2. Radiation-induced rib fracture after stereotactic body radiotherapy with a total dose of 54-56 Gy given in 9-7 fractions for patients with peripheral lung tumor: impact of maximum dose and fraction size.

    Science.gov (United States)

    Aoki, Masahiko; Sato, Mariko; Hirose, Katsumi; Akimoto, Hiroyoshi; Kawaguchi, Hideo; Hatayama, Yoshiomi; Ono, Shuichi; Takai, Yoshihiro

    2015-04-22

    Radiation-induced rib fracture after stereotactic body radiotherapy (SBRT) for lung cancer has been recently reported. However, incidence of radiation-induced rib fracture after SBRT using moderate fraction sizes with a long-term follow-up time are not clarified. We examined incidence and risk factors of radiation-induced rib fracture after SBRT using moderate fraction sizes for the patients with peripherally located lung tumor. During 2003-2008, 41 patients with 42 lung tumors were treated with SBRT to 54-56 Gy in 9-7 fractions. The endpoint in the study was radiation-induced rib fracture detected by CT scan after the treatment. All ribs where the irradiated doses were more than 80% of prescribed dose were selected and contoured to build the dose-volume histograms (DVHs). Comparisons of the several factors obtained from the DVHs and the probabilities of rib fracture calculated by Kaplan-Meier method were performed in the study. Median follow-up time was 68 months. Among 75 contoured ribs, 23 rib fractures were observed in 34% of the patients during 16-48 months after SBRT, however, no patients complained of chest wall pain. The 4-year probabilities of rib fracture for maximum dose of ribs (Dmax) more than and less than 54 Gy were 47.7% and 12.9% (p = 0.0184), and for fraction size of 6, 7 and 8 Gy were 19.5%, 31.2% and 55.7% (p = 0.0458), respectively. Other factors, such as D2cc, mean dose of ribs, V10-55, age, sex, and planning target volume were not significantly different. The doses and fractionations used in this study resulted in no clinically significant rib fractures for this population, but that higher Dmax and dose per fraction treatments resulted in an increase in asymptomatic grade 1 rib fractures.

  3. Radiation-induced rib fracture after stereotactic body radiotherapy with a total dose of 54–56 Gy given in 9–7 fractions for patients with peripheral lung tumor: impact of maximum dose and fraction size

    International Nuclear Information System (INIS)

    Aoki, Masahiko; Sato, Mariko; Hirose, Katsumi; Akimoto, Hiroyoshi; Kawaguchi, Hideo; Hatayama, Yoshiomi; Ono, Shuichi; Takai, Yoshihiro

    2015-01-01

    Radiation-induced rib fracture after stereotactic body radiotherapy (SBRT) for lung cancer has been recently reported. However, incidence of radiation-induced rib fracture after SBRT using moderate fraction sizes with a long-term follow-up time are not clarified. We examined incidence and risk factors of radiation-induced rib fracture after SBRT using moderate fraction sizes for the patients with peripherally located lung tumor. During 2003–2008, 41 patients with 42 lung tumors were treated with SBRT to 54–56 Gy in 9–7 fractions. The endpoint in the study was radiation-induced rib fracture detected by CT scan after the treatment. All ribs where the irradiated doses were more than 80% of prescribed dose were selected and contoured to build the dose-volume histograms (DVHs). Comparisons of the several factors obtained from the DVHs and the probabilities of rib fracture calculated by Kaplan-Meier method were performed in the study. Median follow-up time was 68 months. Among 75 contoured ribs, 23 rib fractures were observed in 34% of the patients during 16–48 months after SBRT, however, no patients complained of chest wall pain. The 4-year probabilities of rib fracture for maximum dose of ribs (Dmax) more than and less than 54 Gy were 47.7% and 12.9% (p = 0.0184), and for fraction size of 6, 7 and 8 Gy were 19.5%, 31.2% and 55.7% (p = 0.0458), respectively. Other factors, such as D2cc, mean dose of ribs, V10–55, age, sex, and planning target volume were not significantly different. The doses and fractionations used in this study resulted in no clinically significant rib fractures for this population, but that higher Dmax and dose per fraction treatments resulted in an increase in asymptomatic grade 1 rib fractures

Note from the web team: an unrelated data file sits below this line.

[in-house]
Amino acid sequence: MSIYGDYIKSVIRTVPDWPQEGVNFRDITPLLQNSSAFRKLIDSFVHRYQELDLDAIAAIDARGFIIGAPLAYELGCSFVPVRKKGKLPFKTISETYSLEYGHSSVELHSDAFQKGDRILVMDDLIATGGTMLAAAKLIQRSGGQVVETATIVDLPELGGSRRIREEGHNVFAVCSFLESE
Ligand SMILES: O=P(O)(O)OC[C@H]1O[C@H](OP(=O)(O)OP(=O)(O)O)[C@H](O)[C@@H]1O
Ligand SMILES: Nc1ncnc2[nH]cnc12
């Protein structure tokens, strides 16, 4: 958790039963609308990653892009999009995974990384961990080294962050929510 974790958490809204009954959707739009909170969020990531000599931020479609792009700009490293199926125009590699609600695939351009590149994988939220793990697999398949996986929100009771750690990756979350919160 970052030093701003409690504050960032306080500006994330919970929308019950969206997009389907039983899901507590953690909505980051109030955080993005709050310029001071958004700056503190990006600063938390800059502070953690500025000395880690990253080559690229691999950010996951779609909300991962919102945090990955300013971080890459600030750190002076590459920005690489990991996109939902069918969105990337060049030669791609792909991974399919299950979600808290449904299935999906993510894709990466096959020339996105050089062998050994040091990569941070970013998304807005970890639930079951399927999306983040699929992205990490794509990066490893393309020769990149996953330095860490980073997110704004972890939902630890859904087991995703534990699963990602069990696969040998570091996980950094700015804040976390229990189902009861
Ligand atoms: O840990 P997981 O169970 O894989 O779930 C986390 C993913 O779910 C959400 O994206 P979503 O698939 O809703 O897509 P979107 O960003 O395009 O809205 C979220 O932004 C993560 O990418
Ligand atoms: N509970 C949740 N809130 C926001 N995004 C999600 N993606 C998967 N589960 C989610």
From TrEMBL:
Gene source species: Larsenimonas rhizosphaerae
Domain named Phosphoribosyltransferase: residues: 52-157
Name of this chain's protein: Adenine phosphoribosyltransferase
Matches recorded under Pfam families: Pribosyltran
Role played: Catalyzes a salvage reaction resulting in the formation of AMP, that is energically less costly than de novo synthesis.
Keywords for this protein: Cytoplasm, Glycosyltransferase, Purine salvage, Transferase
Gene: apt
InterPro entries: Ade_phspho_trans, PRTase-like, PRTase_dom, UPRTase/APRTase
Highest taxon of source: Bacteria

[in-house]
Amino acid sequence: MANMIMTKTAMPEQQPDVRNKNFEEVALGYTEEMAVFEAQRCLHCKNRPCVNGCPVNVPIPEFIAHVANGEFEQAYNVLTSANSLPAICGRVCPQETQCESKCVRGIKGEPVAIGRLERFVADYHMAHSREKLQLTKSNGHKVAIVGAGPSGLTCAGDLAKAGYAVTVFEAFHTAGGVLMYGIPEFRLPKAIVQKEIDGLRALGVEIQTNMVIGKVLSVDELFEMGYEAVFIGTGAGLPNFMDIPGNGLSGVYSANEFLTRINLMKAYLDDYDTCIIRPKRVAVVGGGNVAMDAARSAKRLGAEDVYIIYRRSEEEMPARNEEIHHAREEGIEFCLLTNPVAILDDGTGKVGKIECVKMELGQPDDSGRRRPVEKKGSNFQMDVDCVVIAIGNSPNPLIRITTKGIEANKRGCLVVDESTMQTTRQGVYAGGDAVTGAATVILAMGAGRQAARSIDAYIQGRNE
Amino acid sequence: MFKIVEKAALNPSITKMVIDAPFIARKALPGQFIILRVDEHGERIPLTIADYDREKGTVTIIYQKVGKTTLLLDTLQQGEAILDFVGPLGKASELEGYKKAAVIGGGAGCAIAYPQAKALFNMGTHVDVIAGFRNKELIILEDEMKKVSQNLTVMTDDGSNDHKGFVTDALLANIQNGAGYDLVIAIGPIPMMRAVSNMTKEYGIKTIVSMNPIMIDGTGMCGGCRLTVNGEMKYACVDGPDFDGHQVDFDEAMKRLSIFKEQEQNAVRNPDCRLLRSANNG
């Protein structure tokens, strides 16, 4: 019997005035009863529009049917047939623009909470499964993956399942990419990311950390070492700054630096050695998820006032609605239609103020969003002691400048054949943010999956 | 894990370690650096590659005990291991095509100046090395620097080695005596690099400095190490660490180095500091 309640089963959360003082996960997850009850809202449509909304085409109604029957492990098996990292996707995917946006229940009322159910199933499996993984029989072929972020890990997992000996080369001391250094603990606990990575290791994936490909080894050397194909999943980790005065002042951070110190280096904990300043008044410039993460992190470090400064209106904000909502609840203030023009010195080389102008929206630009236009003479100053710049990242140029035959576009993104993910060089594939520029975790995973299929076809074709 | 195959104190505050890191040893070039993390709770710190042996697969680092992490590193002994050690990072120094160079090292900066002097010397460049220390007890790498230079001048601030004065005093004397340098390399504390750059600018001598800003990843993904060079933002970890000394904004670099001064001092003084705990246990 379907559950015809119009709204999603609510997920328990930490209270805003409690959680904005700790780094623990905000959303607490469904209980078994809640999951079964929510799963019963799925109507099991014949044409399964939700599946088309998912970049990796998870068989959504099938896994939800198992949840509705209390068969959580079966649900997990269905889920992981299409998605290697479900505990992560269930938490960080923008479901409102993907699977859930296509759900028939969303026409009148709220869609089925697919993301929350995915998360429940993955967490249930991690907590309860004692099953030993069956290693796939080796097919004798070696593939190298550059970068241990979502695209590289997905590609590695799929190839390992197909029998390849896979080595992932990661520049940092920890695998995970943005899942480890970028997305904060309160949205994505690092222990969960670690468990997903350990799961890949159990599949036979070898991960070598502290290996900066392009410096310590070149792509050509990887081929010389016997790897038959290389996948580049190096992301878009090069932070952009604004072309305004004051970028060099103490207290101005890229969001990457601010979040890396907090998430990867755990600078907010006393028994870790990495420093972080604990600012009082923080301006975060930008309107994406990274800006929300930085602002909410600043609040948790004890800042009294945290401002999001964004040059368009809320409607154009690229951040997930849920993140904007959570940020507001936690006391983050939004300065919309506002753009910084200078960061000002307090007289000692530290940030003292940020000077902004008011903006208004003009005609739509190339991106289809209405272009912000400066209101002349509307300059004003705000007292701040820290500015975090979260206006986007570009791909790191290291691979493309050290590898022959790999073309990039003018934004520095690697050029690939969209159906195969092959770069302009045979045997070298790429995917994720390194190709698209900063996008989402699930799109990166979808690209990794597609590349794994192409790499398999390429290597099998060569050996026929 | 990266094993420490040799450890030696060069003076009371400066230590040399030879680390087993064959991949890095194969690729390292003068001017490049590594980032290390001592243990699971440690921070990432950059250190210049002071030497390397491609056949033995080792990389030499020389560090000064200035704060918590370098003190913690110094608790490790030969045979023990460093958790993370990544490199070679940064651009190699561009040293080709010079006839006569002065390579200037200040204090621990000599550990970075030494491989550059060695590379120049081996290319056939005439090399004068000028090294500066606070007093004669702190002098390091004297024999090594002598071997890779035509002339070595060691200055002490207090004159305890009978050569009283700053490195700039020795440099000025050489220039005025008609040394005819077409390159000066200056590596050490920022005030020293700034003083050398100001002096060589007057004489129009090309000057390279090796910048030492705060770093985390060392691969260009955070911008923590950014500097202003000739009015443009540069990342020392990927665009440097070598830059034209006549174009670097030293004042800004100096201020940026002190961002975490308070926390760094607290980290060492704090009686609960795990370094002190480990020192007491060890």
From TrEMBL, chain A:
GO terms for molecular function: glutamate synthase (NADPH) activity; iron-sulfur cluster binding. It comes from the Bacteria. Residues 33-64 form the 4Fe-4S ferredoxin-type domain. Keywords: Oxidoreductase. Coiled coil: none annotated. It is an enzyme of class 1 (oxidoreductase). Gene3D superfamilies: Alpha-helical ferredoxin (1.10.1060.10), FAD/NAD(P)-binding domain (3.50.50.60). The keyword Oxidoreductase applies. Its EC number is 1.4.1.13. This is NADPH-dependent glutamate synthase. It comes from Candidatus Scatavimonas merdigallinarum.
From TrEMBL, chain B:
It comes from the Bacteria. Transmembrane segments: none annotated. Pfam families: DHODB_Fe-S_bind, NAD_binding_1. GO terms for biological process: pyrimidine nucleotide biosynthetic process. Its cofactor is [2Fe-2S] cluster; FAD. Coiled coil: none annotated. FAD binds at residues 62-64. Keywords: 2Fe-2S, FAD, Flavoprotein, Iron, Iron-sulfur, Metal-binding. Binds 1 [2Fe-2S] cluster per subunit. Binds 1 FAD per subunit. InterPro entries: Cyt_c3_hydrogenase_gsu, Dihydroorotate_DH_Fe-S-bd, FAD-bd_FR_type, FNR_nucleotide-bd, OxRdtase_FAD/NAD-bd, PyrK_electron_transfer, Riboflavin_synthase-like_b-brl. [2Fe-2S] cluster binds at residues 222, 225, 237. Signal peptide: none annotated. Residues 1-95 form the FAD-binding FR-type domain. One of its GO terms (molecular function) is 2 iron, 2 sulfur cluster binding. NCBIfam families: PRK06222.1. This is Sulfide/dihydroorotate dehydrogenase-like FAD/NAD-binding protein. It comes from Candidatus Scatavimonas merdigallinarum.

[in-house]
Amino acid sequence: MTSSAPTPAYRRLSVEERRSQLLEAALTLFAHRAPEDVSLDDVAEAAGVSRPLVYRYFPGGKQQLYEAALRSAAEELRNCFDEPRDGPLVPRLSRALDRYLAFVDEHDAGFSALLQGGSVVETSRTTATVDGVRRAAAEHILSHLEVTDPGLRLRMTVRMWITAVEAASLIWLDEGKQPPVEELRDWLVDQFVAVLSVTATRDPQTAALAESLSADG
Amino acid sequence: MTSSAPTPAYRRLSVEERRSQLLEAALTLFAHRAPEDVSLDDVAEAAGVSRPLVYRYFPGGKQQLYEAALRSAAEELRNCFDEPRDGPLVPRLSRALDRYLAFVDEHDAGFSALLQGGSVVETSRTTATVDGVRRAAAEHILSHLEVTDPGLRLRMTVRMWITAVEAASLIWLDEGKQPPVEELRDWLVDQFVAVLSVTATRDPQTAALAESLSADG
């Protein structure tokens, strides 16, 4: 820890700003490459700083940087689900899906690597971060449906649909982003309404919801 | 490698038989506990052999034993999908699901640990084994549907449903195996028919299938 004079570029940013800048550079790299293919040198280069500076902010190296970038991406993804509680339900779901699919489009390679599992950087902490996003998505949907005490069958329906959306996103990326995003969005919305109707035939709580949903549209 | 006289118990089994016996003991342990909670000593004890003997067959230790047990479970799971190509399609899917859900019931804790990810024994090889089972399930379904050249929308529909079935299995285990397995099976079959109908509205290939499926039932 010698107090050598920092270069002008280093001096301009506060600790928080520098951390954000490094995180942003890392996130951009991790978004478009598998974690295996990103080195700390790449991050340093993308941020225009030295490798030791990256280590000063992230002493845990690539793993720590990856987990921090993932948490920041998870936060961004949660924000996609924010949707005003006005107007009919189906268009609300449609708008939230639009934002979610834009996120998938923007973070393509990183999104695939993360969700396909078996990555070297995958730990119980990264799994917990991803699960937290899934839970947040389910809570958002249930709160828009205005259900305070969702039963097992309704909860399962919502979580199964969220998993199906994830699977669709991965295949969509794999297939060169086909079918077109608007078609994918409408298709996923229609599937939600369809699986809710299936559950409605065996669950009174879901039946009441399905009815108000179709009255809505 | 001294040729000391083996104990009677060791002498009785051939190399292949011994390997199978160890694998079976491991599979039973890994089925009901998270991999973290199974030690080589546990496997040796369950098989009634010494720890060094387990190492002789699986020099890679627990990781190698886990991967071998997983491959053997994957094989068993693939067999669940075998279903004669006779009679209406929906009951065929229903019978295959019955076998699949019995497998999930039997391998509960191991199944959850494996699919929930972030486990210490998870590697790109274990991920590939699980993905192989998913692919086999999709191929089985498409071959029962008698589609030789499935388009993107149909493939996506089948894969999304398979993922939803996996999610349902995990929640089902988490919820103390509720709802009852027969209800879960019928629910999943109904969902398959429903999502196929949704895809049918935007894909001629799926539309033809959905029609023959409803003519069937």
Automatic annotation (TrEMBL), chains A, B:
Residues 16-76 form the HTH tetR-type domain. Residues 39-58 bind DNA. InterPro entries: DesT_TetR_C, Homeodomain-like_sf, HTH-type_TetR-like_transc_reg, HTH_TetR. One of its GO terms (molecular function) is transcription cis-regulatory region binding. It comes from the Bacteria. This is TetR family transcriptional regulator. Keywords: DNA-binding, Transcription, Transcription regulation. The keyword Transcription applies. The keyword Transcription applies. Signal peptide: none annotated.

4. Efficacy of a Radiation Absorbing Shield in Reducing Dose to the Interventionalist During Peripheral Endovascular Procedures: A Single Centre Pilot Study

    International Nuclear Information System (INIS)

    Power, S.; Mirza, M.; Thakorlal, A.; Ganai, B.; Gavagan, L. D.; Given, M. F.; Lee, M. J.

    2015-01-01

    PurposeThis prospective pilot study was undertaken to evaluate the feasibility and effectiveness of using a radiation absorbing shield to reduce operator dose from scatter during lower limb endovascular procedures.Materials and MethodsA commercially available bismuth shield system (RADPAD) was used. Sixty consecutive patients undergoing lower limb angioplasty were included. Thirty procedures were performed without the RADPAD (control group) and thirty with the RADPAD (study group). Two separate methods were used to measure dose to a single operator. Thermoluminescent dosimeter (TLD) badges were used to measure hand, eye, and unshielded body dose. A direct dosimeter with digital readout was also used to measure eye and unshielded body dose. To allow for variation between control and study groups, dose per unit time was calculated.ResultsTLD results demonstrated a significant reduction in median body dose per unit time for the study group compared with controls (p = 0.001), corresponding to a mean dose reduction rate of 65 %. Median eye and hand dose per unit time were also reduced in the study group compared with control group, however, this was not statistically significant (p = 0.081 for eye, p = 0.628 for hand). Direct dosimeter readings also showed statistically significant reduction in median unshielded body dose rate for the study group compared with controls (p = 0.037). Eye dose rate was reduced for the study group but this was not statistically significant (p = 0.142).ConclusionInitial results are encouraging. Use of the shield resulted in a statistically significant reduction in unshielded dose to the operator’s body. Measured dose to the eye and hand of operator were also reduced but did not reach statistical significance in this pilot study